Data Highway (DH+) Revisited

Data Highway (DH+) Revisited

It’s been twelve years since I did an article on DH+. That’s a long time. And guess what, DH+ is still here. People are still using old SLC and PLC5 controllers and running that “blue hose” between those controllers.

So, for the majority of people in the industry that haven’t been around nearly as long as I have, this article will introduce you to this archaic old stalwart that you can probably find buried in your plant.

Prior to Data Highway, programmable controllers were standalone. They had inputs and outputs wired to them (wireless was just an idea). There was no controller-to-controller networking so PLCs could work together. You would just tie some I/O lines between the controllers, and they could talk to each other using discrete signals. Yes, Fred Flintstone was the control engineer in those days.

Modbus became the first real industrial I/O network. It was pretty revolutionary for its time. It used new-fangled RS-485 communications technology at speeds all the way up to 9600 baud.

Data Highway was introduced after Modbus and it was pretty impressive. It operated at a much higher baud rate, and for the first time, controllers could move a lot of data around the network. It was a huge seller. Hundreds of thousands of controllers were sold with DH+ networking technology, and a good bit of it is still around today.

Here’s a quick summary of DH+ basics:

ELECTRICAL INTERFACE – DH+ uses transformer-coupled differential signals meaning that stations do not have to be at the same ground potential (that’s a really good thing). Two wires are used to carry data and that data is represented by voltage differences between the two wires; known as differential signaling. Because the data is encoded differentially, noise that is common to both wires is ignored. The signal level for these differential signals is typically 8-12 volts peak to peak. The baud rate is 57.6 kilobaud with half-duplex transmission (when one node transmits, all other nodes go into receive mode)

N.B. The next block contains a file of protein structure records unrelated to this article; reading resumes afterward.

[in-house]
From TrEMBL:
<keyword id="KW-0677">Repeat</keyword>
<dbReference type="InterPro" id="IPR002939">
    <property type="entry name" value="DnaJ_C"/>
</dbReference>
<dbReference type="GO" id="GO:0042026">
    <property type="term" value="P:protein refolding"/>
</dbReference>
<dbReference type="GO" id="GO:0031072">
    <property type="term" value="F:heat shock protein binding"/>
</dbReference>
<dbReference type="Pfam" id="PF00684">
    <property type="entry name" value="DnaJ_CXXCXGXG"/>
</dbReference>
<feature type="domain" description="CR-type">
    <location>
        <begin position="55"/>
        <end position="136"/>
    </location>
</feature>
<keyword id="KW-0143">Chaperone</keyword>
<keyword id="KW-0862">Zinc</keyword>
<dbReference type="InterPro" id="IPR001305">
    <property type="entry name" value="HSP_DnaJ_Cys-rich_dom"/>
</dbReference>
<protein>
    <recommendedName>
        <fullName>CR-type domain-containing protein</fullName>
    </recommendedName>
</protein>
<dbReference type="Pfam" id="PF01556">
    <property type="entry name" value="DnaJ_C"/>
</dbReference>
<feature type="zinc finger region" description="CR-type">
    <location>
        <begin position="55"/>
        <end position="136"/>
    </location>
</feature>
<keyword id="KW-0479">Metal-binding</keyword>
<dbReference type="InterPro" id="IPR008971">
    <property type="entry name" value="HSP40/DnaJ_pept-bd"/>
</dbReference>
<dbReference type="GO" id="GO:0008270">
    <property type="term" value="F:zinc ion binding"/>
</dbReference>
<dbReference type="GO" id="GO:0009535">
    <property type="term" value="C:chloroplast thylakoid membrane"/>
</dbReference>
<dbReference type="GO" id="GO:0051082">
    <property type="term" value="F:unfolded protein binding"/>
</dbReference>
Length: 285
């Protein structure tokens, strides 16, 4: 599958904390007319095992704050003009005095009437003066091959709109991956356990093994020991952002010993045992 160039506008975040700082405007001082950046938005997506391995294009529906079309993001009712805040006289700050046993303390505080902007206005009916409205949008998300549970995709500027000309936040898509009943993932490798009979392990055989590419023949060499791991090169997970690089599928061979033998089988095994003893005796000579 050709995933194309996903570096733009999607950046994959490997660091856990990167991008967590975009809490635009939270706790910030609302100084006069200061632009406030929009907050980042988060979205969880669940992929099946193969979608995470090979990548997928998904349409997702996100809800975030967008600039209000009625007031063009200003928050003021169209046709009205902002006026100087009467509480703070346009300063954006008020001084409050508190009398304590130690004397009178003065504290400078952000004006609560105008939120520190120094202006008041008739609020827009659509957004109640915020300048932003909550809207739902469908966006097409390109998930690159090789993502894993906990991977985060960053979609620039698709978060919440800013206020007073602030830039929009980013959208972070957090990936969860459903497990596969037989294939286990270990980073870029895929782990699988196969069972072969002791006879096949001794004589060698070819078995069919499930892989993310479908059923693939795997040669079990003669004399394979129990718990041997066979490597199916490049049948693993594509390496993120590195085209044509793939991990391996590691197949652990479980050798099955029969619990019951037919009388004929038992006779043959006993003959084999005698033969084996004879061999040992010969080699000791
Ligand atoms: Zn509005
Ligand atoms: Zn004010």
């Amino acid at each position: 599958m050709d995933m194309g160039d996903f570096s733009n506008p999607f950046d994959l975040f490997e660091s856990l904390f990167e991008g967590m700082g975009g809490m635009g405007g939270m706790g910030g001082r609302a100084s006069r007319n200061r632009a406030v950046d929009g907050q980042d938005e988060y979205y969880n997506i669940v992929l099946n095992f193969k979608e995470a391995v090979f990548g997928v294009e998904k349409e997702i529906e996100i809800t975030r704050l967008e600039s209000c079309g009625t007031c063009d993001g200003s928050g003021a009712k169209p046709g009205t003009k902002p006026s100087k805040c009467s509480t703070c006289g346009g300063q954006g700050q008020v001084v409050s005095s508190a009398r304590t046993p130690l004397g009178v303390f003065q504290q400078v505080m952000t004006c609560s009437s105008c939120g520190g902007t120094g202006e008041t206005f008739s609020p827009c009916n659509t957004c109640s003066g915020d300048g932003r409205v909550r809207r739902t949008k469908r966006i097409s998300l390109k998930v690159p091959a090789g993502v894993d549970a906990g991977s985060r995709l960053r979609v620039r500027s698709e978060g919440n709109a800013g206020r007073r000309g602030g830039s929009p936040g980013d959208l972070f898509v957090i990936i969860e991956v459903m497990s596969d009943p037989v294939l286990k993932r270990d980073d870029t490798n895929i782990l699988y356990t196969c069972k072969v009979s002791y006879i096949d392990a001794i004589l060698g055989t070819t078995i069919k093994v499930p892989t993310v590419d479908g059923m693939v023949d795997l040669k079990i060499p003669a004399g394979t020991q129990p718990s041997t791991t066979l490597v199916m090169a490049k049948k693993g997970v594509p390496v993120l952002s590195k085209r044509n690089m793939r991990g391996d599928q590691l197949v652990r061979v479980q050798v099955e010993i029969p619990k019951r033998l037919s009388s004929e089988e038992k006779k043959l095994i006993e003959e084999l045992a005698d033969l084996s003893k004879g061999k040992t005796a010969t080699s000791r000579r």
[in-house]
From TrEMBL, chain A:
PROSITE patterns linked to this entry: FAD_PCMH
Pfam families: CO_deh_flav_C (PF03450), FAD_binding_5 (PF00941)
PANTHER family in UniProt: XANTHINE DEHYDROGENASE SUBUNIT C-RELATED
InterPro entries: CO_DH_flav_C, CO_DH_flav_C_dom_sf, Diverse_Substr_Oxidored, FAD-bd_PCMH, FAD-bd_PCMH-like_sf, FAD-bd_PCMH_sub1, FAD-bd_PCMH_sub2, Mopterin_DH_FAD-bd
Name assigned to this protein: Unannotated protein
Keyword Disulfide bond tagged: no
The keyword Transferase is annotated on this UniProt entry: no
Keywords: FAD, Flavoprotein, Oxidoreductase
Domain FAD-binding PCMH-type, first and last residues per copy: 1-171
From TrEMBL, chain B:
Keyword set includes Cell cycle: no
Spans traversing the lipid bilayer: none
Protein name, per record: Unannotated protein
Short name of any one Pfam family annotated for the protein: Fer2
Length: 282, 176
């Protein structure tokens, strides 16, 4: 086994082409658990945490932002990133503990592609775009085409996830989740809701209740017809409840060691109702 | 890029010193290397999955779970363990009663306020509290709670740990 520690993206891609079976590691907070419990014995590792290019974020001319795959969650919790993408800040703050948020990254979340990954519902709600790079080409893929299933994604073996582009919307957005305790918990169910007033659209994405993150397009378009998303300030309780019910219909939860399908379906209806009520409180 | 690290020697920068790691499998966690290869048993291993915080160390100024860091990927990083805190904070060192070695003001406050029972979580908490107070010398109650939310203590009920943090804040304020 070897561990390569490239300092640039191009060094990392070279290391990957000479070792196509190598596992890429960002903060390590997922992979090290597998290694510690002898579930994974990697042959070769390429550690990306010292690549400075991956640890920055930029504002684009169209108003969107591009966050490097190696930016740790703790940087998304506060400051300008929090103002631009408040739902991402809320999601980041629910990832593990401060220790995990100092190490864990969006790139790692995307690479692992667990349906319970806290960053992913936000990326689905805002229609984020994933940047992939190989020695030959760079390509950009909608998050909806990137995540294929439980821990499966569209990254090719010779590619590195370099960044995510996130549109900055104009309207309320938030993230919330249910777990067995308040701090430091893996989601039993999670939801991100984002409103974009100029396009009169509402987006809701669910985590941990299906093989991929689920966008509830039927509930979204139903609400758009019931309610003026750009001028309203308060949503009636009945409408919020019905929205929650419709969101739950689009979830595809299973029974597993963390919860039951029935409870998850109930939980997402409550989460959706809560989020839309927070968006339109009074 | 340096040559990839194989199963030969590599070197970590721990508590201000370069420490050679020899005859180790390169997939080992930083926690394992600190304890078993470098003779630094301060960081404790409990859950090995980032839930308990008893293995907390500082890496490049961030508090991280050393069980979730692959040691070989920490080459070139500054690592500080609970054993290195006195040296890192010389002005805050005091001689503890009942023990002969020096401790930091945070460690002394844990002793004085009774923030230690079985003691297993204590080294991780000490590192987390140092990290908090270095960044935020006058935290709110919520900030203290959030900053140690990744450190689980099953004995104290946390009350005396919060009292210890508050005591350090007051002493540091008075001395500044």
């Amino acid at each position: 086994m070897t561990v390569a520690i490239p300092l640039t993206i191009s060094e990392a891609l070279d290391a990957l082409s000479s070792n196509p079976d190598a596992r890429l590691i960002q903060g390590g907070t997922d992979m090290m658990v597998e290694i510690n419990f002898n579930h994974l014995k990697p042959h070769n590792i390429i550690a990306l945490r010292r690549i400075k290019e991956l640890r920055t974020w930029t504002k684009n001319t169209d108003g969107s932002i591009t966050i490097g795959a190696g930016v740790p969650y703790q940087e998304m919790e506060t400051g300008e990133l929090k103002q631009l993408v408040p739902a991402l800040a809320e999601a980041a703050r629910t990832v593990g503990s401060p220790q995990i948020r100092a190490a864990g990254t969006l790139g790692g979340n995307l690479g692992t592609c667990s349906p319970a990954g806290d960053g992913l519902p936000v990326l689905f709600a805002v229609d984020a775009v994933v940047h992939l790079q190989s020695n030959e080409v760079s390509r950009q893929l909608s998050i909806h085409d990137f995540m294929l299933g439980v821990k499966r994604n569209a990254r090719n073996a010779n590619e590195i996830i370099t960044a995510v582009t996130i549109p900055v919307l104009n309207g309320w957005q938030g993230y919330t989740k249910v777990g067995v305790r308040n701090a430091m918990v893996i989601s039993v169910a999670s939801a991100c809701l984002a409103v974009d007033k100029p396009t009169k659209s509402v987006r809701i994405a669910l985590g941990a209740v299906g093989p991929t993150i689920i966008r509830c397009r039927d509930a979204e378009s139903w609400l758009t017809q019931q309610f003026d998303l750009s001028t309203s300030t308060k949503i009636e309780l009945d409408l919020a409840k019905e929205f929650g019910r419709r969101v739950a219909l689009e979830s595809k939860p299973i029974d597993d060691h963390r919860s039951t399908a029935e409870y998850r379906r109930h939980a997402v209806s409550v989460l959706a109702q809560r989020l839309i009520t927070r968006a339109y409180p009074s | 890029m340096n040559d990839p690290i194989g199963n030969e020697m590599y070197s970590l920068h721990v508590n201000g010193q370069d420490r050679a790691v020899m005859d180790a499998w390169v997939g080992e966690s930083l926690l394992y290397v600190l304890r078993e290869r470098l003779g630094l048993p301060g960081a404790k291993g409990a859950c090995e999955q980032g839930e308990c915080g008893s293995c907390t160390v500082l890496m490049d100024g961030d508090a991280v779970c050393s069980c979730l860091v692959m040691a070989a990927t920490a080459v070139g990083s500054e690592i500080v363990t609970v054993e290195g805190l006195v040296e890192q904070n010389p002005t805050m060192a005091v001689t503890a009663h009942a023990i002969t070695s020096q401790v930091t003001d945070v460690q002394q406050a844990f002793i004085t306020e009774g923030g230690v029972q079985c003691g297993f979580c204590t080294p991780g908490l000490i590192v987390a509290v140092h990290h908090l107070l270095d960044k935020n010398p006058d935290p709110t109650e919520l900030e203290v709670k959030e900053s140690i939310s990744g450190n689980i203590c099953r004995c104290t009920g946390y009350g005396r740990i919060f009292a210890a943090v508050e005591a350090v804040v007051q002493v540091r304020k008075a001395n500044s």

MEDIA – DH+ is implemented using baseband shielded twin axial cable. Baseband in this context is defined as all devices on the medium using a single frequency.

TOPOLOGY – DH+ uses trunk lines with drops. That means that there is a main cable, and at points along this trunk, there is a small drop line that attaches a device to the DH+ network.

MEDIA ACCESS – DH+ was one of the first industrial networks to use a token-passing protocol. Every device in the network knows its successor node, its successor’s successor node, and its predecessor. Messages are exchanged by moving the token from one node to its successor. When a node grabs the token, it is then able to transmit messages to other devices on the network. It keeps the token until it expires or passes it along when it’s done sending.

If a controller drops offline and disappears from the ring, the token is passed to its successor’s successor. Failing that, it has to find another successor node. This protocol is referred to as a link-layer protocol as it manages and maintains the network links. New nodes join the network when current nodes find them during periodic searches for additional successors.

MESSAGE PACKET – DH+ uses the same protocol packet as DF/1, the PCCC (Programmable Controller Control and Command Language) protocol. PCCC messages are customized for each PLC model and used to access the data tables of other PLCs.

We’ll have more to say about DH+ in the coming days. Even today when we are all using EtherNet/IP and PROFINET IO, DH+ isn’t dead yet!